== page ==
The elephant in the room to the south....
Reader comment on item: Iraq's Weapons & The Road to War
Submitted by Matthew Kennel (United States), Jun 5, 2003 at 18:17The essential problem, and in my opinion, the best reason for ousting Saddam is to the south. I will explain in a bit.
One ought to fast-forward 5 years in time the scenarios of war versus no-war.
Better reasons to favor war which the administration did not mention.
A) The "glide slope"
Pre Iraq-war, the sanctions were successively being lifted and broken by Saddam. In 5 years I believe that they would have essentially been irrelevant or even repealed and Saddam would be making missiles and possibly a nuke or two. At that point, Saddam really would be as dangerous as the administration recently pretended it was.
It is difficult to argue against "future threats" like this when they can point to DPRK and Iran, and many are indeed wary of "preemptive war".
B) Iraq and palestinians. Saddam was a big benefactor of the terrorist activities of Arafat and the other non-Islamist groups. Lots of hardcore palestinians loved Saddam Hussein. Somewhat surprisingly despite Iran's continued support of Hezbollah, palestinians don't have pictures of Ayatollah Khomeini. And just like how the PLO finally negotiated the first time they bet on Saddam and Saddam lost, Bush calculated that it may happen the same way again. He appears to be right. Fixing the Israeli-Palestinian issue directly is important to U.S. security. It is questionable whether the present negotiations will actually serve to do it, but it was pretty likely that pre-Iraq-war there was almost no chance.
But, again, the U.S. couldn't admit this because it would make it obviously "seem" like that it was going to war against Iraq for Israel's benefit. Indeed the war was in Israel's interests---as it is in Kuwait's interests, and in the interests of the palestinians who aren't fanatical. Unfortunately in that part of the world doing anything which may benefit Israel is anathema no matter how much other good comes along.
C) The really big issue. Everybody is talking about the CIA's belief in WMD in Iraq. What about the CIA's opinion of Saudi Arabia?
That is: I believe that in 5-10 years there is a very good chance of a Iranian-style Islamic revolution in the formerly "Saudi" Arabia, lead by the future Caliph Osama bin Laden. And there is absolutely nothing the US can do to stop it. In such a circumstance obviously the gulf states would have half-lives of about a week against the bin Laden jihad.
The CIA blew the call in 1979. They don't want to be caught like that again.
The future prospect of Saddam and Osama sitting on most of the world's oil was very frightening. Not because they would cut off the oil in an embargo---that's what the Saudis did when they were annoyed in 1974.
They don't want to send us a message, they want to kill us.
They would sell us all the oil we wanted and then use the money to make Real WMD. (chemical weapons are not weapons of mass destruction without major artillery or an air force. radiological dispersal weapons, dirty bombs, are only weapons of economic damage. real biological agents may be weapons of mass killing; fissile nuclear weapons certainly are.)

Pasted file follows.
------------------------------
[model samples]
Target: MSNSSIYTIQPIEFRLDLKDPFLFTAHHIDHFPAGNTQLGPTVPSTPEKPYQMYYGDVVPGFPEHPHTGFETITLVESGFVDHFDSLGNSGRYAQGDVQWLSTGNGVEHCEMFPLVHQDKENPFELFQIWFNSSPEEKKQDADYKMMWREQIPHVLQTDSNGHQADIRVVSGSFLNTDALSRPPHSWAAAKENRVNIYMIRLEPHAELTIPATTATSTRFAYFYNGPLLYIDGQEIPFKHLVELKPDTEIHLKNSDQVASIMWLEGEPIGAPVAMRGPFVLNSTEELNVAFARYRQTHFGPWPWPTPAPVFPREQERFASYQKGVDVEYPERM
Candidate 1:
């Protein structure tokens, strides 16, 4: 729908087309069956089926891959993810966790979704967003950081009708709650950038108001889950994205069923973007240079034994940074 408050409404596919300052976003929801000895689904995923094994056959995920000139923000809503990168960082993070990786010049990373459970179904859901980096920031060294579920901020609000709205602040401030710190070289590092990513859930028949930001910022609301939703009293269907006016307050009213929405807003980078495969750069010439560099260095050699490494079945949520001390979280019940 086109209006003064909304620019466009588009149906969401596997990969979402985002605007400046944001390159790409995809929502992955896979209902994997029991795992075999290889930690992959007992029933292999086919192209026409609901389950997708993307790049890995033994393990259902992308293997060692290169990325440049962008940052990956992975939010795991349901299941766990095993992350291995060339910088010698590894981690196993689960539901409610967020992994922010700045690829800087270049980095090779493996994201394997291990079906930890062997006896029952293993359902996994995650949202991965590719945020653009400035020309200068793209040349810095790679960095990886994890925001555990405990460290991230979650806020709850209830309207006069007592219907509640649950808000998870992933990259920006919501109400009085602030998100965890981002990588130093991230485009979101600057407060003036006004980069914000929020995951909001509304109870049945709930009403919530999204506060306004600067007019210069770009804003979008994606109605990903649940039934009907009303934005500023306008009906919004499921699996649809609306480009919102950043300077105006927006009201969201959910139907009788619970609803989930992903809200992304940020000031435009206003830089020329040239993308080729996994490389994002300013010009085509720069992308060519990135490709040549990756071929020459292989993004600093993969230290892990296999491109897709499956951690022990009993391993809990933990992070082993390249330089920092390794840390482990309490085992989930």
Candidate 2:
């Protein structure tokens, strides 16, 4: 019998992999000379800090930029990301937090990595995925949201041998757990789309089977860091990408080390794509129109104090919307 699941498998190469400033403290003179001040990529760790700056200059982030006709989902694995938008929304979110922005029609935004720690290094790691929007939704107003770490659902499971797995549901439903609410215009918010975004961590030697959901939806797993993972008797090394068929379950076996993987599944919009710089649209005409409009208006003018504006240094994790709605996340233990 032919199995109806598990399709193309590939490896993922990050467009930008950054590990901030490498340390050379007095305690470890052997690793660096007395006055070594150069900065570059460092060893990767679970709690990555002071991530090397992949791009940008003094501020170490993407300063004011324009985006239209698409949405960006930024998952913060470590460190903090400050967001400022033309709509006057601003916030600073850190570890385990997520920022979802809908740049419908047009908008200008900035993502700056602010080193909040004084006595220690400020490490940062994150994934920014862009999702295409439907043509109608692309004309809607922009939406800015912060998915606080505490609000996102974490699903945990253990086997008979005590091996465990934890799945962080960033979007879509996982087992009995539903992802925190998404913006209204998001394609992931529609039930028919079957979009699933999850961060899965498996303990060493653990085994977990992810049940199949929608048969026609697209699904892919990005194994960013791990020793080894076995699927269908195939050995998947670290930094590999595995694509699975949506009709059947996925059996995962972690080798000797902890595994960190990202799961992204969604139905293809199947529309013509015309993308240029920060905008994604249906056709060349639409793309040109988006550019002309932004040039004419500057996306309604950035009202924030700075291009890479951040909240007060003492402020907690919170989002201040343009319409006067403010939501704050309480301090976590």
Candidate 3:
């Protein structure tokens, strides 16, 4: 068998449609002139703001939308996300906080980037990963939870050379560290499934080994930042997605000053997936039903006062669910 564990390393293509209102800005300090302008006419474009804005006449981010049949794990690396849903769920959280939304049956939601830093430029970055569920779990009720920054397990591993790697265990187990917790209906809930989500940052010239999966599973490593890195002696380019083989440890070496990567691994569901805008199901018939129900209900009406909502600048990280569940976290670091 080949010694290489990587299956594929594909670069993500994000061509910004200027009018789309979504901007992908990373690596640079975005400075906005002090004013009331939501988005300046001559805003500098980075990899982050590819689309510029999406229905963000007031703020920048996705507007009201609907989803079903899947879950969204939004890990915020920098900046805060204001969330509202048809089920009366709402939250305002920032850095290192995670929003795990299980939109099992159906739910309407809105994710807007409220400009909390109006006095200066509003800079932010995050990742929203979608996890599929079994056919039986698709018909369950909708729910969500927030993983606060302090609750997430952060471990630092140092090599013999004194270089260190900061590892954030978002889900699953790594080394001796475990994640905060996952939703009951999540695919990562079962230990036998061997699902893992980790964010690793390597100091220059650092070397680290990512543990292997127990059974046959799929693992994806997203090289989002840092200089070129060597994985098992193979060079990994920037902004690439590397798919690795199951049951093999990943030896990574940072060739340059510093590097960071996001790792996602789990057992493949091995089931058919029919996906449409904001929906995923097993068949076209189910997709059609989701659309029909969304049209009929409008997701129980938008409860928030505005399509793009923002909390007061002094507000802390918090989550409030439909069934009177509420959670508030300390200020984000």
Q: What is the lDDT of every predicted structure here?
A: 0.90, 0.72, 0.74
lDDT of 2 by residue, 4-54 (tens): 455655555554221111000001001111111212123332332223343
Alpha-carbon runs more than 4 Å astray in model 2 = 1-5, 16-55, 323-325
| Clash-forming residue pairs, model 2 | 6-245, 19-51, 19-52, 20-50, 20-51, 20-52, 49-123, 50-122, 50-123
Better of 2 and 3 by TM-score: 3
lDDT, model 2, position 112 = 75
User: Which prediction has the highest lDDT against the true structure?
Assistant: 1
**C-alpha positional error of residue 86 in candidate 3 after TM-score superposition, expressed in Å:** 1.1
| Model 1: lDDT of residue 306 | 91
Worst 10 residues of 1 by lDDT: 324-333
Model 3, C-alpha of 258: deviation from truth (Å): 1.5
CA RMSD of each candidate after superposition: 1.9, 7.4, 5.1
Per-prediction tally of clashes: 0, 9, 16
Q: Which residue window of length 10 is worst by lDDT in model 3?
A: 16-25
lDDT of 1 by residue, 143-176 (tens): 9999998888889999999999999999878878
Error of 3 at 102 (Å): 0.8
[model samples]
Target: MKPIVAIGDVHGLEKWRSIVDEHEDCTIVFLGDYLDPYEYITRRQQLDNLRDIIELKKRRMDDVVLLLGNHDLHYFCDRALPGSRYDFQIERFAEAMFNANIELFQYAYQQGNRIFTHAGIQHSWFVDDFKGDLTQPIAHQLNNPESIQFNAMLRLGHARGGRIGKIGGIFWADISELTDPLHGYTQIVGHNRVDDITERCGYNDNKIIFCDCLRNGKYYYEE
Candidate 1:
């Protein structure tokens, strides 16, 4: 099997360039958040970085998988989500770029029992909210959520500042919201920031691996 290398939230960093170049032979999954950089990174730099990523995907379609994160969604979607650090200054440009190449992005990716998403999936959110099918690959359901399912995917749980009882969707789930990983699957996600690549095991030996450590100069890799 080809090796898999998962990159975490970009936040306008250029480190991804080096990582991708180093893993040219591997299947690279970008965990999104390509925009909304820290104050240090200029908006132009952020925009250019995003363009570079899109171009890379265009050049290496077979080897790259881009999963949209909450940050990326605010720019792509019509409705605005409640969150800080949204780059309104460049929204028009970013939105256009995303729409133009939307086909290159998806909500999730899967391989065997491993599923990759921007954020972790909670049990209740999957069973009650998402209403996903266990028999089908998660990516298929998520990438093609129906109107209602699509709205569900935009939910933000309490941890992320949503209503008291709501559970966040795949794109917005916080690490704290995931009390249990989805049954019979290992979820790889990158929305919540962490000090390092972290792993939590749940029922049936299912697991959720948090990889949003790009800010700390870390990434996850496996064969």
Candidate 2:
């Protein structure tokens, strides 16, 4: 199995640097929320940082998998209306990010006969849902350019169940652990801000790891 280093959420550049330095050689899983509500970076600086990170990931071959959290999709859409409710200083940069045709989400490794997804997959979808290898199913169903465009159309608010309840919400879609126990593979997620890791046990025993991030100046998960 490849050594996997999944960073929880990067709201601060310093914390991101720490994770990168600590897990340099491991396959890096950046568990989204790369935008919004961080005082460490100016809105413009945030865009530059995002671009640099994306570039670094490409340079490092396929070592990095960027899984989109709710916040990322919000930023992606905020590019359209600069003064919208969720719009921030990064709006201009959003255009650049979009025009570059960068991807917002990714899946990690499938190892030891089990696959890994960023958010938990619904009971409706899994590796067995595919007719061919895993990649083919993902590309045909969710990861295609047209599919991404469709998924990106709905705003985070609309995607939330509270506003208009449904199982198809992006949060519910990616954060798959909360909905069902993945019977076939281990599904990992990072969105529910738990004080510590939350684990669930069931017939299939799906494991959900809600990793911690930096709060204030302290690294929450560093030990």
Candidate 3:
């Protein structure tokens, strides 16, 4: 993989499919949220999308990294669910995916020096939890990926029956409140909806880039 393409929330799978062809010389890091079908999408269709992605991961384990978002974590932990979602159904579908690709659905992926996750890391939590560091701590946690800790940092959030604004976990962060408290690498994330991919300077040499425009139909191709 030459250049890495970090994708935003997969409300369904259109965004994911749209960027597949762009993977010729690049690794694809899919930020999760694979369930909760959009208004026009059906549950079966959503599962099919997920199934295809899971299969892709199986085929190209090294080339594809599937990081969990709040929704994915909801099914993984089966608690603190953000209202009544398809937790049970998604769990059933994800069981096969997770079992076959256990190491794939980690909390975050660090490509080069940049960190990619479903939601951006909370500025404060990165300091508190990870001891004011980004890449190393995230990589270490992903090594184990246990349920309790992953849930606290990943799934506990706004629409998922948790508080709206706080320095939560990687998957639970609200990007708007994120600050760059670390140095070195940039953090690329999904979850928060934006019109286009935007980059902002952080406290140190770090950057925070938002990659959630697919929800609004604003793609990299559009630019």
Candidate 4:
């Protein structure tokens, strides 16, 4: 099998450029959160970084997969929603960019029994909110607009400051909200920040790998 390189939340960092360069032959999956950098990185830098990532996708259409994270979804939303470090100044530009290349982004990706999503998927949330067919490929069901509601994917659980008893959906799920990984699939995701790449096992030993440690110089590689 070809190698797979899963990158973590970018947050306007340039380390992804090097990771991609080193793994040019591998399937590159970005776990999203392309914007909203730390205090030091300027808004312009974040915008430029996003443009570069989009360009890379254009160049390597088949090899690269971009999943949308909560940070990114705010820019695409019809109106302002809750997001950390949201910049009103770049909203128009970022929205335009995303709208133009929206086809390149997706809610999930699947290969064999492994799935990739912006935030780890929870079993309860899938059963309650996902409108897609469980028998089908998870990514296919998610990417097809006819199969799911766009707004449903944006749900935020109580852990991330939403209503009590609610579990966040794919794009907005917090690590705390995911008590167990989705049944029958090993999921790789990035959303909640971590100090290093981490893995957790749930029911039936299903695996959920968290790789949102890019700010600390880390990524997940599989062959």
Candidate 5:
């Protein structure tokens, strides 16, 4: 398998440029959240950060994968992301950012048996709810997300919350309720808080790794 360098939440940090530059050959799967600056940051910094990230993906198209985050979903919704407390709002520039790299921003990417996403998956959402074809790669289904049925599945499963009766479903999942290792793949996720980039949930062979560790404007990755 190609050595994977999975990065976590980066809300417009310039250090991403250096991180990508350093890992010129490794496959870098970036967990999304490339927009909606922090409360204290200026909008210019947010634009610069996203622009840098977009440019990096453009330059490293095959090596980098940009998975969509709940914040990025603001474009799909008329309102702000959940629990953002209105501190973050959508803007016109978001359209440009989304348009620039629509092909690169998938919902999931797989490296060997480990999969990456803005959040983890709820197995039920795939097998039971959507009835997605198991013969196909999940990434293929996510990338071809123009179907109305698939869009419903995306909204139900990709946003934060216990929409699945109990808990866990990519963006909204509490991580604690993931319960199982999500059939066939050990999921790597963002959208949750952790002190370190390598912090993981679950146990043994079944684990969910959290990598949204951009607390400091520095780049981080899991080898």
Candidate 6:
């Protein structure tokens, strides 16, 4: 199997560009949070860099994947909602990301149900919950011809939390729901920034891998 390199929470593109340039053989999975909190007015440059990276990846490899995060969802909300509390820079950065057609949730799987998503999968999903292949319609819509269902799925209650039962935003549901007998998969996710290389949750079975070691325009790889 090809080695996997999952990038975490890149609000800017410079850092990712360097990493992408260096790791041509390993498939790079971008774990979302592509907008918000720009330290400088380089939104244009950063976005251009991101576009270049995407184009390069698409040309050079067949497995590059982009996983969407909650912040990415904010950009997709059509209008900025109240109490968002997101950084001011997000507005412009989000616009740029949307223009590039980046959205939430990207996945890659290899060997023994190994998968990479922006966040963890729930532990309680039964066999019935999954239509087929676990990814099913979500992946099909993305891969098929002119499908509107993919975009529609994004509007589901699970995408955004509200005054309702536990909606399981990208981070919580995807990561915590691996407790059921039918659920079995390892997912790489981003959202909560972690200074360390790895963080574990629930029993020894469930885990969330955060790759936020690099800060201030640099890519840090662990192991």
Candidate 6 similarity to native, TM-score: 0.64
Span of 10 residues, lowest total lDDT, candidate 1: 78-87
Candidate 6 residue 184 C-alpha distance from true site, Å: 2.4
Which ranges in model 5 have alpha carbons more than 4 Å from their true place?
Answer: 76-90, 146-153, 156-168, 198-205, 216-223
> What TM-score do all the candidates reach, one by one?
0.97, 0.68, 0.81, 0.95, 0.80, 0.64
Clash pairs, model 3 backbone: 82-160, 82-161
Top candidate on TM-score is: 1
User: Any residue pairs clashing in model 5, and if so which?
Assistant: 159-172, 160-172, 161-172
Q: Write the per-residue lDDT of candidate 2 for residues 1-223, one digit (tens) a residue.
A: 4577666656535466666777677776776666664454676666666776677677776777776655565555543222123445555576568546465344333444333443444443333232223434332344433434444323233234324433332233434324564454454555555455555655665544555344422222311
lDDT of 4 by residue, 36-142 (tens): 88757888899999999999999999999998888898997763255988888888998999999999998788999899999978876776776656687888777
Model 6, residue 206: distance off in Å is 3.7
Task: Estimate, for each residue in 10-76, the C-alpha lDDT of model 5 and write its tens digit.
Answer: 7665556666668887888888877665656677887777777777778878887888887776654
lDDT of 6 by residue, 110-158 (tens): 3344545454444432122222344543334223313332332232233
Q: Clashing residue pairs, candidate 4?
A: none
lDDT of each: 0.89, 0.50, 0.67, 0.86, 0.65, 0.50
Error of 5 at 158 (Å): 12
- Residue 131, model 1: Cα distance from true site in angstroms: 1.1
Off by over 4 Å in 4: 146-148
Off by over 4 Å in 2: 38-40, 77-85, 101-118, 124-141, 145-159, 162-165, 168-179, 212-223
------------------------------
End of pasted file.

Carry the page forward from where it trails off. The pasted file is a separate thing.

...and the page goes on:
I think that in that case bin Laden and Saddam really would make the unholy alliance of the century. bin Laden would have all the money for nukes, and Saddam would have the technology, and they would indeed make a deal. Saddam would pretend to be newly pious, and bin Laden would pretend to believe him. They would spread out the nukes between Iraq and Arabia so that when the inevitable happened in Tel Aviv it wouldn't be clear who to retaliate against.
Again, the USA couldn't really admit this as a good reason because it would very much annoy and terrify the Saudis, and we need their government's help, as meager as it may be, in tracking down al-Qaida terrorists and their money.
And the USA couldn't really admit that in fact a big part of the war really was about oil, though not in the crude way the protesters believe.
D) Saddam really was a genocidal lunatic.
Reasons against the war
E) "It is imperialism, and it is a bad precedent for the US to be an imperial conqueror and occupier."
Yes, it was certainly imperialism, and the US is going to have a pretty lousy time in the occupation. The war may eventually turn out to have been a wise decision in the brutal calculus of reality, but the danger and risk is severe. There will be no gratitude in other Arab states for the liberation of their brethren and muslim gratitude will wear out very quickly in Iraq, just as it did in Afghanistan 1989, Somalia 1993, and Kosovo
F) Saddam was contained
He was. Sometimes its better to finally kill a tumor.
G) Korea and Iran are more imminent dangers.
But there is no mass following outside the DPRK supporting the dwarf dicator.
Iran may indeed be a big problem, and they will get nukes. But they are not (yet) run by as psychotic and totalitarian regime as Saddam.
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